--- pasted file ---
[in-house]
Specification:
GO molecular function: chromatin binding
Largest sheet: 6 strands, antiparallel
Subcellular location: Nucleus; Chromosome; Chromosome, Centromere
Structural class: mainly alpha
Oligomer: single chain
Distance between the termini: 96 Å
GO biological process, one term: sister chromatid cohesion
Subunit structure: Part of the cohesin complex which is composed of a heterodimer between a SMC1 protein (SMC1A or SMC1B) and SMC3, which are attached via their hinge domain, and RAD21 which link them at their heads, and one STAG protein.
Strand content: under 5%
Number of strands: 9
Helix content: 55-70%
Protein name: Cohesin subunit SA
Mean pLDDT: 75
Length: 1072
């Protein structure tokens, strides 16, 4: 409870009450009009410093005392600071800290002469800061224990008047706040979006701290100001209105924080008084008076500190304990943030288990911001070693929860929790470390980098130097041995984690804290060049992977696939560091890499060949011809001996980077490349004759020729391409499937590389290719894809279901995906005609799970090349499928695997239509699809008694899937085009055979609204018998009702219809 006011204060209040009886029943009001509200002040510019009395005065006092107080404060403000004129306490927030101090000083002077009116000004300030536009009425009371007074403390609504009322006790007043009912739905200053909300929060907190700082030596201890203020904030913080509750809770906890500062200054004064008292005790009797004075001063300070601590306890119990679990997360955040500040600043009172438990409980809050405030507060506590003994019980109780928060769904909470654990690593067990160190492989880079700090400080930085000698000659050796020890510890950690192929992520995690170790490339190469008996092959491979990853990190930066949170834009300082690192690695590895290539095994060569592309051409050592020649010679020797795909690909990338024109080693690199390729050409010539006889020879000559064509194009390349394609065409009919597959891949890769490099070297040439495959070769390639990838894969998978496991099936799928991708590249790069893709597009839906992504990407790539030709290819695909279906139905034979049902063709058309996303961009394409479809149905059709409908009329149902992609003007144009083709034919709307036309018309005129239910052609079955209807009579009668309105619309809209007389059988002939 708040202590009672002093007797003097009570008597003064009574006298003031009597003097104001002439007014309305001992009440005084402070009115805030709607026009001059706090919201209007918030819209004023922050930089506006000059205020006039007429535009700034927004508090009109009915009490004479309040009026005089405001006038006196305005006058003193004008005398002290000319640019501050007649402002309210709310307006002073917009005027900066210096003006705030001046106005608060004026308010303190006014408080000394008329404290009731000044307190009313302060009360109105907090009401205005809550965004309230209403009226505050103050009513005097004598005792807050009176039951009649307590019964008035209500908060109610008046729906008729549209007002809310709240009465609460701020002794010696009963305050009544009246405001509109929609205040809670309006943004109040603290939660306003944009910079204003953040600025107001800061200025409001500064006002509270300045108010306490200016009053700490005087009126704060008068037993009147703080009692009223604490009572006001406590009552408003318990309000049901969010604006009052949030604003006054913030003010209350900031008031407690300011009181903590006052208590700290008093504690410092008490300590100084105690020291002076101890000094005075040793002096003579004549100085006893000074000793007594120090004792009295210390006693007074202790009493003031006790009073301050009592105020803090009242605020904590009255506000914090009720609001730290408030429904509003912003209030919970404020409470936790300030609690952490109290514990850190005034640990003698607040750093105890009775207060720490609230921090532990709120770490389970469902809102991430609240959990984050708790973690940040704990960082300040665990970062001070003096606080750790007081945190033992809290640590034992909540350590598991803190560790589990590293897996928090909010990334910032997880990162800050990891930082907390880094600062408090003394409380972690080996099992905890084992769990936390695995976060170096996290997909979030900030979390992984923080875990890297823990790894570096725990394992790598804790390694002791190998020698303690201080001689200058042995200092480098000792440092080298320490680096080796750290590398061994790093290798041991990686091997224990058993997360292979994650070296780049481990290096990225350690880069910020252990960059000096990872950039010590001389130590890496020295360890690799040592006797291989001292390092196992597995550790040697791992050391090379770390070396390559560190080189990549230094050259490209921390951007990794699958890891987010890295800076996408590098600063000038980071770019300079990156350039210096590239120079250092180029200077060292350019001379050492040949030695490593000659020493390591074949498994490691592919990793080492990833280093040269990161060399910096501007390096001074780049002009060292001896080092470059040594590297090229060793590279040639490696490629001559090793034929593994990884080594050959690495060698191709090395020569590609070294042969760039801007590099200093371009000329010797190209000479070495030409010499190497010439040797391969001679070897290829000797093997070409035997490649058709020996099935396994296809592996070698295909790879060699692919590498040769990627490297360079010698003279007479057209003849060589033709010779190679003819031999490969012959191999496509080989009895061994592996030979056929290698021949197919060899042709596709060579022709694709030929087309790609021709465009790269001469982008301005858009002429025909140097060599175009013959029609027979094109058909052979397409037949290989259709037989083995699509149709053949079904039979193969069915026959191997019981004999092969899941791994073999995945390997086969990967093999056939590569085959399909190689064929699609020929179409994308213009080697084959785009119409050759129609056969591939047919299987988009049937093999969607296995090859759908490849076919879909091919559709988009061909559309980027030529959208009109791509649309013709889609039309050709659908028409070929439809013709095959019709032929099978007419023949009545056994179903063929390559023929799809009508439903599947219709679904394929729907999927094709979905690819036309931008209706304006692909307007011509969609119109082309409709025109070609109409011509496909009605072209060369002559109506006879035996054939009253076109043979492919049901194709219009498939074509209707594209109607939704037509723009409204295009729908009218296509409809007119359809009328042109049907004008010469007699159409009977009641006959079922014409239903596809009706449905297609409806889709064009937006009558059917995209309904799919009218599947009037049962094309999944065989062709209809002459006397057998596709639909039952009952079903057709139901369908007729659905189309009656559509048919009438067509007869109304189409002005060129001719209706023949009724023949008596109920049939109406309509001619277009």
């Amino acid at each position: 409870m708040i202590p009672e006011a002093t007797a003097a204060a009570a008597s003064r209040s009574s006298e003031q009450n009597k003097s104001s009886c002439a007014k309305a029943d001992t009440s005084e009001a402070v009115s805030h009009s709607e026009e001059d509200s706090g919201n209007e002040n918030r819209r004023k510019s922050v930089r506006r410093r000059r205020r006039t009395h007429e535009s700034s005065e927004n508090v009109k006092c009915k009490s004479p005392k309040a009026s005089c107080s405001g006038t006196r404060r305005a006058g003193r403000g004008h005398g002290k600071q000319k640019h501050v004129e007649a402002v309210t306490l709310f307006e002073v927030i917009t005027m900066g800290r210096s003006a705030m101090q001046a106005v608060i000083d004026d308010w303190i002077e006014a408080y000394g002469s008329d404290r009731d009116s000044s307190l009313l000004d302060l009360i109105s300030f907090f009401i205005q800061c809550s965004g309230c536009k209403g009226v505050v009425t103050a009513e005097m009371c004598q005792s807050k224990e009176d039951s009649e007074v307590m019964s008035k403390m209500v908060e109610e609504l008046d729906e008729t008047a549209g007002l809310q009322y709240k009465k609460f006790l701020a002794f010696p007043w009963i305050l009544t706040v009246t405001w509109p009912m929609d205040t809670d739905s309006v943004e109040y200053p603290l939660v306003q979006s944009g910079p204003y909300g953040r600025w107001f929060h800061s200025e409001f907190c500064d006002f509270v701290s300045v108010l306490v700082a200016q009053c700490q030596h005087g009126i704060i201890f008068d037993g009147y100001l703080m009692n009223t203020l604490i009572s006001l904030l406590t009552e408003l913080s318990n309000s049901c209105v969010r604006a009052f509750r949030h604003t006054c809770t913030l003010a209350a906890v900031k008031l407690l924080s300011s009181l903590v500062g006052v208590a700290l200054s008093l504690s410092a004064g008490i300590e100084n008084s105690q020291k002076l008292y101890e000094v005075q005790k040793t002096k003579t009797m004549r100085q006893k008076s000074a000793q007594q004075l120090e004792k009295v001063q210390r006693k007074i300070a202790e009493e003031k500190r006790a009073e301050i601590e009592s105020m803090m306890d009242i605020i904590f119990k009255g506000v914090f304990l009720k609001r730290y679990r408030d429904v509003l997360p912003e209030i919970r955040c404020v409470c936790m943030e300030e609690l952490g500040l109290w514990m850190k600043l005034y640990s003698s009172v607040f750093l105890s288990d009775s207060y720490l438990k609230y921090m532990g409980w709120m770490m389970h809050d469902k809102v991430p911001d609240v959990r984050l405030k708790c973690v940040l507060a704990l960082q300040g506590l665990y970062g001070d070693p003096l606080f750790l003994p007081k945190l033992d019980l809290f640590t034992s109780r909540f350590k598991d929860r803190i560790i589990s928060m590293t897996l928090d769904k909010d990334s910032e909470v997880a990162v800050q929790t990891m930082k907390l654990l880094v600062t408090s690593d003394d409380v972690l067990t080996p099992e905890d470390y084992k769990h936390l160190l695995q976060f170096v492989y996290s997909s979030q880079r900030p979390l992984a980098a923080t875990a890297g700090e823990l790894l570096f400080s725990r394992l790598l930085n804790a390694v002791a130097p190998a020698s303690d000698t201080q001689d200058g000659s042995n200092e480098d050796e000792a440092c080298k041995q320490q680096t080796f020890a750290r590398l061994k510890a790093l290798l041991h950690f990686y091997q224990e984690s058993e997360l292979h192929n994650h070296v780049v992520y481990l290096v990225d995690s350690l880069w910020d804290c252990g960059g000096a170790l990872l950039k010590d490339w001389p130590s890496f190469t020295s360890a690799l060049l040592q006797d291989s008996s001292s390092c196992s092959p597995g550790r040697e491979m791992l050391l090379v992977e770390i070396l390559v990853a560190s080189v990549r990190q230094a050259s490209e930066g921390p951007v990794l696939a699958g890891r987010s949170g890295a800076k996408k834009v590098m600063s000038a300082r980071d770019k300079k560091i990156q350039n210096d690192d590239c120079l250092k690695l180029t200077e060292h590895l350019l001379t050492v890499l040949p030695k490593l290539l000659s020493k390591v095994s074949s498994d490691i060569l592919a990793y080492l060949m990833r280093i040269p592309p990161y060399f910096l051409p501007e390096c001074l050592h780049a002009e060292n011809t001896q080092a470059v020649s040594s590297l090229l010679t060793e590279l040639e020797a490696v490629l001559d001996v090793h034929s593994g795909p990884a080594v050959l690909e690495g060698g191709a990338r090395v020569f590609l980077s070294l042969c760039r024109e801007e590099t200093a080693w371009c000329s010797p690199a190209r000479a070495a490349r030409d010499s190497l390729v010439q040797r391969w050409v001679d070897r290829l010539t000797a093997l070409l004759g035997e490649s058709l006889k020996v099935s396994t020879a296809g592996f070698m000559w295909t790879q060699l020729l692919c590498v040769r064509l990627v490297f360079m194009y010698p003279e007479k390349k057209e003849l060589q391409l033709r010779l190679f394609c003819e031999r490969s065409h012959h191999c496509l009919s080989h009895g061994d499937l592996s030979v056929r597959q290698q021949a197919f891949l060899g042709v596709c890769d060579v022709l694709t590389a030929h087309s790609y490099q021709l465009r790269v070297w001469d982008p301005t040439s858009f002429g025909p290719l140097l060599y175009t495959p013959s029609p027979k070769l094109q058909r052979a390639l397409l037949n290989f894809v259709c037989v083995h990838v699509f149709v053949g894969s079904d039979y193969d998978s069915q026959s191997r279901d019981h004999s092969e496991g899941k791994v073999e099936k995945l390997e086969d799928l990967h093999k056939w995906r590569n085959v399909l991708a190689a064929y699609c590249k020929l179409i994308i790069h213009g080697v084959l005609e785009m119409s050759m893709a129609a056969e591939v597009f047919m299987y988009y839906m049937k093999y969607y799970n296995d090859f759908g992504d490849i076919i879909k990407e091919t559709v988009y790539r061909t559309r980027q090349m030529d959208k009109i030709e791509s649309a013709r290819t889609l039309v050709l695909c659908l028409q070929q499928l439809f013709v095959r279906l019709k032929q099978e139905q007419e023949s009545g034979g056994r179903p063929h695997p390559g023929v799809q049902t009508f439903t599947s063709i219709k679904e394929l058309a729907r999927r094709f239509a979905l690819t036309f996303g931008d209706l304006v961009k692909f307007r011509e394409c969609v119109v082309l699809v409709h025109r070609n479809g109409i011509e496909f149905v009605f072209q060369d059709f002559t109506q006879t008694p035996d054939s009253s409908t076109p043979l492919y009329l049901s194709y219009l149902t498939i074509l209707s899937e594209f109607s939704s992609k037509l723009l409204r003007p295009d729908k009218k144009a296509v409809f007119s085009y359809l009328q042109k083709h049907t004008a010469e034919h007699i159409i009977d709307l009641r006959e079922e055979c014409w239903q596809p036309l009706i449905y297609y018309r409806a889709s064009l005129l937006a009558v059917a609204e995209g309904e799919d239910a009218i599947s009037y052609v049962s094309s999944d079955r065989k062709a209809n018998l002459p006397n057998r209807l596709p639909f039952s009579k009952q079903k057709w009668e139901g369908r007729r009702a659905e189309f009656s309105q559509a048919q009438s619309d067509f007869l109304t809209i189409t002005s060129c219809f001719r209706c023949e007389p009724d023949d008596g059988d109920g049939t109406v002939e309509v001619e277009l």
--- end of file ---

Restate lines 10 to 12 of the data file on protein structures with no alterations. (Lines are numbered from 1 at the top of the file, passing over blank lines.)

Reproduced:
Subunit structure: Part of the cohesin complex which is composed of a heterodimer between a SMC1 protein (SMC1A or SMC1B) and SMC3, which are attached via their hinge domain, and RAD21 which link them at their heads, and one STAG protein.
Strand content: under 5%
Number of strands: 9